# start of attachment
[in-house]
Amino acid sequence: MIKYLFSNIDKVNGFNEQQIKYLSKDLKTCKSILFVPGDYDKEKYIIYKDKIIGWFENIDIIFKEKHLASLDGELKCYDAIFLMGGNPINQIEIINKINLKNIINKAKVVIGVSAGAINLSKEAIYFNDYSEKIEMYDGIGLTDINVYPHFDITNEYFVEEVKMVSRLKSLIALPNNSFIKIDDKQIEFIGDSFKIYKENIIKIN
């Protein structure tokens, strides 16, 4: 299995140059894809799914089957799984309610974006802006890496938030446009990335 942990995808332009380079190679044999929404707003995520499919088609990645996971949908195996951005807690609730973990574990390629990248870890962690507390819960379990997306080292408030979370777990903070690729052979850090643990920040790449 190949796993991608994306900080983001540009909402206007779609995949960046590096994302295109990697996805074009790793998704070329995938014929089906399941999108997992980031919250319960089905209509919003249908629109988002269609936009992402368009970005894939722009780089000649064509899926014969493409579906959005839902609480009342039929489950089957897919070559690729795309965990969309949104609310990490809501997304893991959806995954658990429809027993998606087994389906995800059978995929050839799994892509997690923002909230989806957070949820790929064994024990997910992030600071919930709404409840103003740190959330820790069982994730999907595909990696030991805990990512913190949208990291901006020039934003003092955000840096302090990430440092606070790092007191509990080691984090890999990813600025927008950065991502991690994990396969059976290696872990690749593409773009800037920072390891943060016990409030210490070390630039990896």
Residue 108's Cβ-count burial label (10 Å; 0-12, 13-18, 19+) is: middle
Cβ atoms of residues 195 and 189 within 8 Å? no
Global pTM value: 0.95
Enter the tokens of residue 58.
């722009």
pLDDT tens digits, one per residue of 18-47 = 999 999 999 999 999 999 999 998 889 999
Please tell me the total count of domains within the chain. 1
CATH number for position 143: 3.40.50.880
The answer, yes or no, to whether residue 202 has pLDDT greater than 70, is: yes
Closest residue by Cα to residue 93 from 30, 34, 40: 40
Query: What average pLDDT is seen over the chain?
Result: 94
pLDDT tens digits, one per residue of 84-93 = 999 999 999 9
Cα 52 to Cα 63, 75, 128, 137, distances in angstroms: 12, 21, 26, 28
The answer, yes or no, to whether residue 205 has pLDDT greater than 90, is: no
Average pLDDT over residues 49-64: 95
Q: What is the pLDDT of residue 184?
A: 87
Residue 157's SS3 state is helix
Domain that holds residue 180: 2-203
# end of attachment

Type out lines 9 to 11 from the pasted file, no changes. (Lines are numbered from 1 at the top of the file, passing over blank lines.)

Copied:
pLDDT tens digits, one per residue of 18-47 = 999 999 999 999 999 999 999 998 889 999
Please tell me the total count of domains within the chain. 1
CATH number for position 143: 3.40.50.880